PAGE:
There are skills … and there are SKILLS in the heat of battle
This tip was written by Jack Blatherwick, renowned expert in the field of hockey training and conditioning. Laura’s comments are below.
You've probably seen the YouTube video of Oliver, the 9 year-old boy making a fantastic move to score in a shootout. I call it "fantastic" because personally, I had a hard time getting my stick to cooperate on anything with the puck. Maybe it was those old wooden sticks that didn't have a curve; or (sigh) maybe it wasn't the stick.
As he skates in on the goaltender, Oliver picks up the puck with his stick, spins around and whips the puck in from his backhand side. I've been told, "Oh, it's not that difficult. What's the big deal? Anyone can do that if they practice a few times." Well, I know one old-time writer who can't pick up the puck and keep it married to the stick while spinning 360 degrees … and if he spun around that fast would be so dizzy he'd fall on his head.
But evaluating the difficulty of the skill is missing the important point. Competition is not determined totally by skills … or hustle and athleticism, for that matter. Certainly, they contribute, but the winners are those few who have the passion and confidence to try their dream skills in the heat of battle. The NHL is loaded with skillful players who can do just about anything in practice. When tested, they have incredible athleticism. And they really, really, REALLY hustle in games.
But I know one NHL'er who loves to be on stage -- who has no doubt that if he tries his wildest skills in a game, they'll work. He can't shoot better than anyone else in practice, but he gets shots off and scores goals from every conceivable awkward position in games -- even when he's on his knees or sprawled on his back!!! Don't bet against him if his team trails by a goal and he's got the puck late in the game.
A YouTube video shows him on stage in front of hundreds of people. He acts like a rock star, and gets everyone dancing, singing, and having a great time -- and he's never tried it before. He just knew he could.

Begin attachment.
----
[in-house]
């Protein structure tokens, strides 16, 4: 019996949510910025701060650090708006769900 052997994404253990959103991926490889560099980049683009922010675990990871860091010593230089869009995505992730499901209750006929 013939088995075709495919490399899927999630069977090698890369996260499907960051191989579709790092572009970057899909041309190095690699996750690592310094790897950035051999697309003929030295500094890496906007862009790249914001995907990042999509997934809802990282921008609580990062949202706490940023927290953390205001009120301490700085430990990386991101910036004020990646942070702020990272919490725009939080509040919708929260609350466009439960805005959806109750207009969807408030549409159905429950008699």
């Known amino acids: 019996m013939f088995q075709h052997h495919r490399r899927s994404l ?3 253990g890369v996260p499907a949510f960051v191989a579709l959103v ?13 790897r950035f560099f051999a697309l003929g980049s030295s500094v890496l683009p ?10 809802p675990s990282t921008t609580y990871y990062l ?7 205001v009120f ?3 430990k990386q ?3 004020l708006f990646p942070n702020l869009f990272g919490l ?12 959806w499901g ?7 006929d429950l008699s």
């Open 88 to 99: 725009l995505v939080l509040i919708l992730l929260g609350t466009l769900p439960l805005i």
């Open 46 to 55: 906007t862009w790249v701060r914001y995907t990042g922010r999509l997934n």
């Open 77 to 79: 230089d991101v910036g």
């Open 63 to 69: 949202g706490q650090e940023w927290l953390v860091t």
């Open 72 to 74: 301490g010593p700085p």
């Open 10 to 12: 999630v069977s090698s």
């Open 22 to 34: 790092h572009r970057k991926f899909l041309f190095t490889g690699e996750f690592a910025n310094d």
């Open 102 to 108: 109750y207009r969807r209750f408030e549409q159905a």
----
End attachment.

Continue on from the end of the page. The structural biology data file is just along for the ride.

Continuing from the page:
There are hundreds of players with more skill than Alexander Ovechkin -- in practice that is -- but when it comes to scoring a unique goal in the heat of competition, there's one Ovechkin. Alex has no doubt that if he tries something crazy it will work. This 9 year-old may never get close to playing in the NHL; but if he does, he won't be one of the many who can do anything in practice and not in games.
There's a little Alex Ovechkin hidden within each young player, and coaches play a huge role in determining the fate of that little performer. In a lifetime of super-important win/loss events, kids hear a million comments like, "You can't try that in a big game. Who do you think you are … Wayne Gretzky? Bobby Orr?"
On TV, practically every color commentator shows his cautious nature in second-guessing a failure of the Bobby Orr type, "No, no, no. Too fancy. Get the puck deep." However, a quick check shows that while most of these cautious second-guessers played in the NHL, they weren't Bobby Orr, Wayne Gretzky, or Alex Ovechkin.
Kids are like clay -- they'll turn out the way we shape them. I work with far too many who have heard way too much, "No. No. No."
Tips for Coaches
Premise: Players are afraid to make mistakes because they are afraid they will get yelled at. To learn to be creative, youngsters need to have fun! The primary job of coaches is to stimulate an enjoyment of learning, inquisitiveness, creativity, and a love for hockey.
Affection and discipline are not mutually exclusive. Praise, patience, and encouragement are prerequisites for developing creativity.
Reward is more effective than punishment. I recently watched an NHL coach put his arm around the shoulder of a player who had just come off the ice after a poor shift. This coach knew when to lay down the law, but he also knew when to build up his players. I thought to myself, this player will give his heart and soul for this coach because he is treated with respect. Tough love has its place in hockey, as it does in life.
Build self-esteem. Encourage players to have respect for teammates, opponents, coaches, referees, and observers. Teach life lessons. Teach sportsmanship and fair play; teach players to win and lose with grace.
Treat players with dignity. Respect begets respect. Coaches should not rule by intimidation.
Mistakes are not high crimes. Youngsters fear looking bad and will refuse to experiment for fear of embarrassment, criticism, or reprimand. Keep reminding kids that mistakes are inevitable; they often are an indication that the player is trying something new. Praise a good try even when it doesn’t work out.
Inventiveness, creativity, and analytic thinking should be valued and encouraged. Screaming coaches stifle creativity. Wayne Gretzky, Sidney Crosby, Ovechkin, and Oliver, are not the products of intimidation but the products of having the freedom to Feel, Act, See, and Think (FAST), and to make mistakes along the way.
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